Highs and lows: Southern Culture goes upscale

Been down to "low country" lately? If you've ever had the pleasure of dining at any of Charleston, South Carolina's best restaurants– the Peninsula Grill, McCrady's, Magnolias– then you'll know what I mean by "Low-Country Cooking."

"Low country" is what the people who live there call the tidal plain of South Carolina. As you might expect, dishes rich in seafood, rice, and lots of spice– she-crab soup, shrimp 'n grits, hoppin' John– characterize low-country cooking in both its simple and more gourmet interpretations.

Elegant, historic– some would say slightly provincial– Charleston is the cultural and culinary capital of this coastal region. A stroll through the jasmine-scented, lantern-lit streets of the city's center on a Friday evening is enough to convince you that there actually are (as some would claim) more restaurants per capita there than any other in the country– high or low.

Of course, a similar impression might greet the visitor to our own little (yet somehow not provincial) city today. Not so 13 years ago. When Southern Culture opened in 1991 on a (then) sleepy West Main Street, Charlottesville had much less in common– at least in terms of restaurants– with its low-country neighbor. With fewer eateries per block, there was less pressure on restaurateurs to refine their image or culinary palate.

"When we first opened, the Blue Ridge Brewery (now Starr Hill) was the big thing in this area, and so combining three "southern" styles– Tex-Mex, Cajun-Creole, Caribbean– was definitely the way to go," explains Southern Culture's owner, David Elkins. "But considering today's more lively and sophisticated dining scene, we felt it was time for our first major revision."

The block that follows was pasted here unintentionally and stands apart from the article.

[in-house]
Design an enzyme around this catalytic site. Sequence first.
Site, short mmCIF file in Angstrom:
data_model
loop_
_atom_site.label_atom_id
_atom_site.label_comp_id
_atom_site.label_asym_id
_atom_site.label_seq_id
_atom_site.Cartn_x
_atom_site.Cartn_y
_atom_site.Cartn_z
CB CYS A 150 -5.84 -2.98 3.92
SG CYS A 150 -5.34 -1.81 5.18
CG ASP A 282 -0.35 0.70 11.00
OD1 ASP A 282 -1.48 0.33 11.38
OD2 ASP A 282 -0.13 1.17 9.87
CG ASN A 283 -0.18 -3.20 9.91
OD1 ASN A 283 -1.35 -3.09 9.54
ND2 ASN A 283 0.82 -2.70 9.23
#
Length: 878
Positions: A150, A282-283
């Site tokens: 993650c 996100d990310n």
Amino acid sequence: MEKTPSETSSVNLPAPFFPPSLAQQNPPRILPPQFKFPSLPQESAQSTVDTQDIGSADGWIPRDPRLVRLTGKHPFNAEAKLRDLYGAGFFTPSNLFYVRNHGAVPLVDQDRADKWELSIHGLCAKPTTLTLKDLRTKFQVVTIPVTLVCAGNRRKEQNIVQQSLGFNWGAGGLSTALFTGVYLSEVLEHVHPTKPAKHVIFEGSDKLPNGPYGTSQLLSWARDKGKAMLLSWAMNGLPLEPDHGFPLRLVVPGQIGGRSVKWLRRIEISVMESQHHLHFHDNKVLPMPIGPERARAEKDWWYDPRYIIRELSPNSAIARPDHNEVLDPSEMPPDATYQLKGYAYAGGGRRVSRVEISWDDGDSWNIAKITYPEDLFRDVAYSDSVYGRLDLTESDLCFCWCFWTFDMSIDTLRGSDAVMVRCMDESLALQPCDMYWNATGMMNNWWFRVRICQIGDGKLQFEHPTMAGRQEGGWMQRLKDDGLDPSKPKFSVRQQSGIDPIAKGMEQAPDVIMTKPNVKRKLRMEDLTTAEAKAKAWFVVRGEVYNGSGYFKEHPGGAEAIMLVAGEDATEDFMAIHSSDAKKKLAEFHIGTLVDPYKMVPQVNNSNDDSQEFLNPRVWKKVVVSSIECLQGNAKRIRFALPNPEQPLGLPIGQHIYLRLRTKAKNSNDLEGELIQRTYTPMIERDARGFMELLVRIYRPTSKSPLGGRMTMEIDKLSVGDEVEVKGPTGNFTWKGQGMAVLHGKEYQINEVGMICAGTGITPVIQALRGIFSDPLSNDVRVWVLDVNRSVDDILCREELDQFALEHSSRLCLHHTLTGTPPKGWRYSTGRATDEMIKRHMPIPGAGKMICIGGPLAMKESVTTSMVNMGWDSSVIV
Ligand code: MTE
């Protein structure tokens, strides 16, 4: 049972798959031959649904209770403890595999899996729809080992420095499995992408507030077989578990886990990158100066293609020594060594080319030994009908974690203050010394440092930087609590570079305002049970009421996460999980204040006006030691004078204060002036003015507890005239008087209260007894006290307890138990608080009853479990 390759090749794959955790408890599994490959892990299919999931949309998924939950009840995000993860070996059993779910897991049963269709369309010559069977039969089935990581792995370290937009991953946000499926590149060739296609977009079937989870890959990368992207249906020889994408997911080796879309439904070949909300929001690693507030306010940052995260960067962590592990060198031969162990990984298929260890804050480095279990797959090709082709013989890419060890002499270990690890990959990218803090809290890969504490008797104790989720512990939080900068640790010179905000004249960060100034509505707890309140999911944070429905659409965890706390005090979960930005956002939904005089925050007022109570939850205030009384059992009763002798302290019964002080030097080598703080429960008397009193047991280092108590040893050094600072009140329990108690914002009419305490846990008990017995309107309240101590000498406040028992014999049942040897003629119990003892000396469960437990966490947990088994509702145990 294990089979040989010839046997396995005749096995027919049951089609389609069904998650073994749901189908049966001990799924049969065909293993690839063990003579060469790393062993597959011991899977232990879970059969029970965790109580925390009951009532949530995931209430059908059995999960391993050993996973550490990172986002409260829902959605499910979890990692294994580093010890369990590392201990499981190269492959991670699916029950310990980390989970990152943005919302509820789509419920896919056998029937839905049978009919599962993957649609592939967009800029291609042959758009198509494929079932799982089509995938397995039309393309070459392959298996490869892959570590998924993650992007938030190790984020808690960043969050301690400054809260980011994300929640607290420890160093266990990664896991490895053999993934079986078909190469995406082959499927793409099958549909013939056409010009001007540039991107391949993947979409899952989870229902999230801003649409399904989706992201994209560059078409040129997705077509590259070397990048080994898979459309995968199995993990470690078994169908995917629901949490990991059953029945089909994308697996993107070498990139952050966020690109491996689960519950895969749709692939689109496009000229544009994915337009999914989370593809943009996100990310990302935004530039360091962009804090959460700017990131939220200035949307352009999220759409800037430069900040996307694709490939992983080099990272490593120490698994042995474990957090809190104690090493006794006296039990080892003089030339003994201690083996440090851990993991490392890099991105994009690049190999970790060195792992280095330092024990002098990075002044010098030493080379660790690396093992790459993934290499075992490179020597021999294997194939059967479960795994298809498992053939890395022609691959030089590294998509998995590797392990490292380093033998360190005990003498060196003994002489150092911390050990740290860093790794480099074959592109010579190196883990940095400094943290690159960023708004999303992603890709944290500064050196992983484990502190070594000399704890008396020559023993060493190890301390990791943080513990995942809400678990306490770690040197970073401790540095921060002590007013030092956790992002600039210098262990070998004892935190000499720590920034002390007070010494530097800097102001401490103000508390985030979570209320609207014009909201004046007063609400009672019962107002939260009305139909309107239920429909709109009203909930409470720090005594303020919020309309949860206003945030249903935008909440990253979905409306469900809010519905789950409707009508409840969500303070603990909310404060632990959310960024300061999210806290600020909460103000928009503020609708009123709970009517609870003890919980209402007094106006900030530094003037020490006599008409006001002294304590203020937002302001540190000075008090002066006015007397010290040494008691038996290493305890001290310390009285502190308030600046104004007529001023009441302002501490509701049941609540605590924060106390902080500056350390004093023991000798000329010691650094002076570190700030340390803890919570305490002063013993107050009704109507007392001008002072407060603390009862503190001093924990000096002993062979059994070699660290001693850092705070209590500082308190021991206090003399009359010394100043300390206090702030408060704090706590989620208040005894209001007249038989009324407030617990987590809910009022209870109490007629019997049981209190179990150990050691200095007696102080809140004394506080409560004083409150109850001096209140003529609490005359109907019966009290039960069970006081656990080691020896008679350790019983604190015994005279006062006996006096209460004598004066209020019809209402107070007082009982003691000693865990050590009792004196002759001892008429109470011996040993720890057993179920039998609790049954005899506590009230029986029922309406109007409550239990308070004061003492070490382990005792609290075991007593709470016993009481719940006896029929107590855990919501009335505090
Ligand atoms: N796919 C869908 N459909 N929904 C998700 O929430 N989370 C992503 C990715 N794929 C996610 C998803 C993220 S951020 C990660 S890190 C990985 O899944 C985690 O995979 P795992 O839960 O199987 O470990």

The first and most radical phase of Southern Culture's "upscale down home" makeover debuted earlier this month in the form of a streamlined new menu. Although many of the most popular dishes and sides made the cut (jambalaya, blackened catfish, meatloaf, sweet potato fries), Elkins and co-executive chefs Troy Woodson and Kevin Pugh decided to tone-down the Tex-Mex and Cajun offerings and focus more on flavors from the low-country, Carolinas, and the Chesapeake Bay.

Thus new entrees like "shrimp 'n grits," "Maryland style lump crab cakes with pineapple-yellow corn relish, ginger sticky rice and wilted arugula," and a "griddle-top black bean cake and corn fritter with fried green tomatoes and caramelized Vidalia onion marmalade."

Playing to our proven love of tapas, Southern Culture's menu also tempts tasters with enhanced appetizer options– fried okra, fried calamari (actually revived from the restaurant's early days) and corn fritters.

In addition to the fact that flavor-complimenting sides now accompany each entrée (note: you can still substitute your old faves, or order a "side sampler"), Southern Culture regulars will probably notice another minor change: Prices were rounded up a nostalgic nickel (i.e. from $4.95 to $5) in order to make life easier for the servers.

"A new menu is where you live and die," Elkins puts it bluntly. "It can also infuse a restaurant with new energy and enthusiasm."

Expect more Southern Culture changes over the next few months– new booths in the non-smoking dining room, an enhanced brunch menu, and a new wine list.

And if you want to get even more of a feel for low-country cuisine without leaving hilly Albemarle County, drive down to Scottsville and give Magnolia a taste.

Yes, faithful readers, you're right. I have indeed mentioned Magnolia in one form or another every week this month. Either I have grits on the brain, or it's at the center of some restaurant news vortex. In any case, I can't leave it out this week because– much like the updated Southern Culture– Magnolia specializes in this apparently hot new cuisine known as contemporary Southern.

Shrimp 'n grits taste-off, anyone?